C++ version

I am currently taking the C++ courses and I am wondering which version of C++ I’am dealing with? I have seen some videos in youtube from like 2013 and when they need to print a phrase they just write cout, but in the version I am taking I need to write std::cout. How old is the version I am dealing with?

Hi @course2786670512

I don’t know specifically which version of C++ the Codecademy course uses, though I think it’s a reasonably modern variant.

In any case, I think I can explain why you’re seeing cout on it’s own in the YouTube video you’re watching but std::cout here on Codecademy.

C++ contains a standard library, but it isn’t available to your program without importing the relevant bits of it. This is why, at the start of your program, you have the #include <iostream> and similar.

<iostream> itself contains some includes, but one of the objects which it contains is the std::cout object. The reason we need to include the std:: part is because cout is an object in the std namespace. Your code will exist in a different namespace, so you need to tell C++ which namespace and object you want - hence, std::cout.

One potential reason that the YouTube tutorial you’ve been looking at can just type cout is possibly because they’ve added a line like this somewhere in their code:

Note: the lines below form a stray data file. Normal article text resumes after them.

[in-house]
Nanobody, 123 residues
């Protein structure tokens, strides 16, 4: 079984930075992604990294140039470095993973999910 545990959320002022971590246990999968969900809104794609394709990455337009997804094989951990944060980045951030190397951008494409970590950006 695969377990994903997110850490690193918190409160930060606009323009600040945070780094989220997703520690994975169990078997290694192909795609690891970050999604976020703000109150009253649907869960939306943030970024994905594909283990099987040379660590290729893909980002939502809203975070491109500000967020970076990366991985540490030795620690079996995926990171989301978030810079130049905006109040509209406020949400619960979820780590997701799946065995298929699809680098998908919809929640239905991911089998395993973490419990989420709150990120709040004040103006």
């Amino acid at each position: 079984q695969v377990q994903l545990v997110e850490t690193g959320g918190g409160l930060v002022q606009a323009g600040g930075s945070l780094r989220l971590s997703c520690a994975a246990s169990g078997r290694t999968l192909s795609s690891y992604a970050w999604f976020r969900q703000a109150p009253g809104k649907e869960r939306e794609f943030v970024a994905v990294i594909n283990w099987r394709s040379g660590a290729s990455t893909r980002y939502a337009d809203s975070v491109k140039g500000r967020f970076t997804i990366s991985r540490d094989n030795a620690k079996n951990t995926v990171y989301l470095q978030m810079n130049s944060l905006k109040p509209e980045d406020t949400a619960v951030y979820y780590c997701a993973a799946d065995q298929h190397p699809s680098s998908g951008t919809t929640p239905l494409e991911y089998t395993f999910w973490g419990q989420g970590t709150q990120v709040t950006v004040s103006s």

using namespace std.

This brings every name from the standard namespace into the global namespace, meaning you can do stuff like cout << "Hello, world!" << endl; but this is not considered best practice.


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To add to what @thepitycoder said, you can include individual parts of the standard library rather than the entire library. Consider:

#include <iostream>
using std::cout;
using std::endl;

int main() {
  cout << "Hello, World!" << endl;
  cout << "How are you?" << endl;
  return 0;

This is kind of like a friend asking you to come over to help change a tire. No need to rent a truck, and bring every tool in your garage when all you need are a jack, and a 4-way. :slightly_smiling_face:

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that’s very helpful, thank you but is there any difference between using s::dd cout<<"\n"; and cout""<<endl; ?

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Here’s a good explanation: https://www.geeksforgeeks.org/avoid-using-stdendl/
Thanks for asking! I didn’t realize the difference could have so much potential impact prior to reading the linked article.

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cstdio is kept in sync with iostream by default so you’d want to detach that as well
…I don’t see a significant difference when doing that here though, maybe I’m missing something, definitely don’t understand everything involved… maybe only for stdout/stderr/stdin? Didn’t see a difference there either though.